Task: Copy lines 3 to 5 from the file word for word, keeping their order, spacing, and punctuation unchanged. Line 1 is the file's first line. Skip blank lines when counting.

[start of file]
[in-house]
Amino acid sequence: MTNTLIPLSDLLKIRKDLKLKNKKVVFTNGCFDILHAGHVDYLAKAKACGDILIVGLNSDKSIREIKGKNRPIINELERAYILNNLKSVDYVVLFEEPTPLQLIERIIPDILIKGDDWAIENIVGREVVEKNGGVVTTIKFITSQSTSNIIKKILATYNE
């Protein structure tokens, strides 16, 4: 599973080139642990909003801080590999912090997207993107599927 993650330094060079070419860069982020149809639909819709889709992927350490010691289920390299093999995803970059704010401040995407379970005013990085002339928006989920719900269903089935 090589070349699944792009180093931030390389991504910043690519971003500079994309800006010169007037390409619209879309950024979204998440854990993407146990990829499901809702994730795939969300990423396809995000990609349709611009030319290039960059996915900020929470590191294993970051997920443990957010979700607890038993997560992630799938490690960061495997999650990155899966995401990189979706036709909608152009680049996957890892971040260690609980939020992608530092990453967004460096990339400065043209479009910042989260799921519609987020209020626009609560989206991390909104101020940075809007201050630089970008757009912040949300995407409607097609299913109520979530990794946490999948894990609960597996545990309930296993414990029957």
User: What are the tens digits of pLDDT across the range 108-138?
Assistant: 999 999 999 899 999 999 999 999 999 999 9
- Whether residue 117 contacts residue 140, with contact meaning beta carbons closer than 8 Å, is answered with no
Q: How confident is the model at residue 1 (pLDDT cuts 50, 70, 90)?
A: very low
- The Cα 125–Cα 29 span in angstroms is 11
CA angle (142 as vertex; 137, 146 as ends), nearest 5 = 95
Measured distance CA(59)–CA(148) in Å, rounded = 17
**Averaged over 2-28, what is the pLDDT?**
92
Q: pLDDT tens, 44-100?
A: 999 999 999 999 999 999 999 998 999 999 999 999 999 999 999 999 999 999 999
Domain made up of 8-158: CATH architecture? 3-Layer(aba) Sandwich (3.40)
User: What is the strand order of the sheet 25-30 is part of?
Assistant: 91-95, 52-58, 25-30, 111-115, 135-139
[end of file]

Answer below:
């Protein structure tokens, strides 16, 4: 599973080139642990909003801080590999912090997207993107599927 993650330094060079070419860069982020149809639909819709889709992927350490010691289920390299093999995803970059704010401040995407379970005013990085002339928006989920719900269903089935 090589070349699944792009180093931030390389991504910043690519971003500079994309800006010169007037390409619209879309950024979204998440854990993407146990990829499901809702994730795939969300990423396809995000990609349709611009030319290039960059996915900020929470590191294993970051997920443990957010979700607890038993997560992630799938490690960061495997999650990155899966995401990189979706036709909608152009680049996957890892971040260690609980939020992608530092990453967004460096990339400065043209479009910042989260799921519609987020209020626009609560989206991390909104101020940075809007201050630089970008757009912040949300995407409607097609299913109520979530990794946490999948894990609960597996545990309930296993414990029957």
User: What are the tens digits of pLDDT across the range 108-138?
Assistant: 999 999 999 899 999 999 999 999 999 999 9